Software projects normally have a scary deadline. One way to meet them is to increase your team’s productivity. I am going to jot down few practices I have been following, & look forward to read the ones you follow:
1) Using Macros for VS.NET repetitive tasks: I normally have a complex VS.NET folder Structure & this structure gets repeated for every module added. For instance creating a new module in my current solution requires you to create about 10 folders, starting from DTO, Factories, Domain Model, Exceptions, etc. This took quite a bit of time of developers about start a new module. So I created a VS.NET macro to automate this task.
2) Code Generators: I have seen many companies having a framework wherein they take care of common tasks starting from transactions to Workflows, etc. Their implementation normally revolves around Factory method or Template method patterns. If you follow this approach, using code generator you can create “Fill-In-The-Blanks” template for your developers. I don’t have a framework like this, but I have still created few code generators. I normally use NHibernate for my projects. Given it’s a fantastic tool, it takes sometime to generate mappings & corresponding classes which again might be error prone. I have created a code generator which not allows you to create mappings & classes but also creates Factories & Repositories for entities that are generated. (N.B. You can find one alternative approach to mapping files here).
3) Extracting Code Snippets: I use Snippet Designer a lot to extract common code patterns & insert them with zero effort. This definitely saves a lot of valuable time.
4) Tools: Though they cost we can’t program without them 🙂 – ReSharper, CodeRush, etc. I personally use ReSharper. You can also check out plugins available for these tools. You can find a good plugin here.
5) Design Techniques: I normally prefer making cross cutting concerns oblivious to developers. This includes things are Security, Transactions, Logging, etc. They help in reducing lot of developer’s key strokes. You catch my recent article on same here. You can also use techniques like Visual Inheritance, though it’s tough to get it right with WPF (for a way out you can look here).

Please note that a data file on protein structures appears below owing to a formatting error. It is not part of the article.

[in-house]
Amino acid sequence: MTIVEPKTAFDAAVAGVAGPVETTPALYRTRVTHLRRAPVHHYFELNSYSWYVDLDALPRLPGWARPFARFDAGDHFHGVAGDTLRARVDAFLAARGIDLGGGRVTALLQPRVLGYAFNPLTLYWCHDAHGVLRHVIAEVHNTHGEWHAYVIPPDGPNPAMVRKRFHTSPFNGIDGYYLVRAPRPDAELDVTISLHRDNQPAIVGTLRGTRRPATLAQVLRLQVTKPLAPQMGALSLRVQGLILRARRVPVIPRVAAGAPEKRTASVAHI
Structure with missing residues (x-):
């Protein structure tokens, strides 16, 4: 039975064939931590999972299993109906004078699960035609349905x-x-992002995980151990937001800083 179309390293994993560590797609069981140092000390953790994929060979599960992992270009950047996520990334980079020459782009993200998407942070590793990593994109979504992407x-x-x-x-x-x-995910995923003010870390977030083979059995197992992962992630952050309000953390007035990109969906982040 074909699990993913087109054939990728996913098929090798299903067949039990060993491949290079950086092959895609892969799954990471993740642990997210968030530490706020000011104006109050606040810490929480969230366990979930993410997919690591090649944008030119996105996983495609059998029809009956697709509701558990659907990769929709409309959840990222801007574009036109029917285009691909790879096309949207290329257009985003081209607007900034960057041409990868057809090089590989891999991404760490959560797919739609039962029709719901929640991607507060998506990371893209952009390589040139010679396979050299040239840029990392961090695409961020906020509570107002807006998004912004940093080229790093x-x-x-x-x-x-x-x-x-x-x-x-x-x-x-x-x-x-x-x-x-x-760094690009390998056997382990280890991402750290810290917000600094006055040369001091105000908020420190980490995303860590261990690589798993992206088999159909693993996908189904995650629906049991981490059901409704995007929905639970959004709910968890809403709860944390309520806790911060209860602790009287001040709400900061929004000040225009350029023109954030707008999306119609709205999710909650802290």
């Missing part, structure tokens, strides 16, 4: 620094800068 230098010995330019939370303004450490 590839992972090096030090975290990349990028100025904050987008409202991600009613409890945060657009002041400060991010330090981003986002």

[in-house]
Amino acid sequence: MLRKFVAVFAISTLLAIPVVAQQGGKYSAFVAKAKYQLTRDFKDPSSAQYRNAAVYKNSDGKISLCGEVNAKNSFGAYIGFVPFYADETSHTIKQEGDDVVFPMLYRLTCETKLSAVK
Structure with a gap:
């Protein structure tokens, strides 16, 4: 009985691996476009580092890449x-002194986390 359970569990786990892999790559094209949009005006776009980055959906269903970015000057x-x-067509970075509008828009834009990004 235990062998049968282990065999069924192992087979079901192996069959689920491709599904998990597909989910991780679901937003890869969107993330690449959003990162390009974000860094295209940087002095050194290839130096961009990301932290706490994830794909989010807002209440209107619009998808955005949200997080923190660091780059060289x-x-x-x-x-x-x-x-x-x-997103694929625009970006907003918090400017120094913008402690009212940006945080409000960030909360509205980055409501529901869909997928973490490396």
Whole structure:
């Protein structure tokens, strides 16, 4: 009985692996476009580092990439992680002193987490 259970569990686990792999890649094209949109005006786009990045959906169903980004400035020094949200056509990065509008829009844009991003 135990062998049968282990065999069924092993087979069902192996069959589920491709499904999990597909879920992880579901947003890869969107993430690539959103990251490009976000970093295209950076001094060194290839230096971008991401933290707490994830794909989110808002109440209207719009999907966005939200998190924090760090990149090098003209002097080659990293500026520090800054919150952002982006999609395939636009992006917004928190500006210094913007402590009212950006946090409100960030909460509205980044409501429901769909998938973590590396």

6) Keyboard Shortcuts: Although minor this can save lot of mouse clicks. The ones I use most frequently are CTRL + K + D (Alignment), CTRL + K + C (Comment), CTRL + K + U (UnComment), F12 (Navigate to a type) (though I prefer ReSharper shortcuts over above). An awesome way to speed up with XAML editing in VS.NET is this.
7) Proper Training: I guess all of us understand the importance of this but the level to which we get it is always less. I would also recommend productivity trainings once you master the basics of a technology / framework. I have written about one such technique here.
8 ) Appropriate Hardware: I pity the developers running on 1 GB Ram with VS.NET 2008, SQL Server, Oracle, etc. (even 2 GB is less).
9) Shared knowledge base: When working with a team you find many issues are recurring. A issue solved today by one developer is faced tomorrow by another developer. Keeping a shared knowledge base for team definitely boosts productivity.
10) Builds that always work: Integration of local working copies can consume a lot of valuable time of your projects. Normally developers have a tendency to get away with their check in. Have an hour per day where developers can integrate their work (or you can have couple per week). You can automate the build to save more time, but I leave it as a personal choice considering competency & cost involved.
11) Holidays/Working hours/Re-creation: Hmm… May be I am getting into aspects which I shouldn’t be not to mention salary. So I will stop here.
Let me know what you do to gear up your team’s producitivity 🙂 .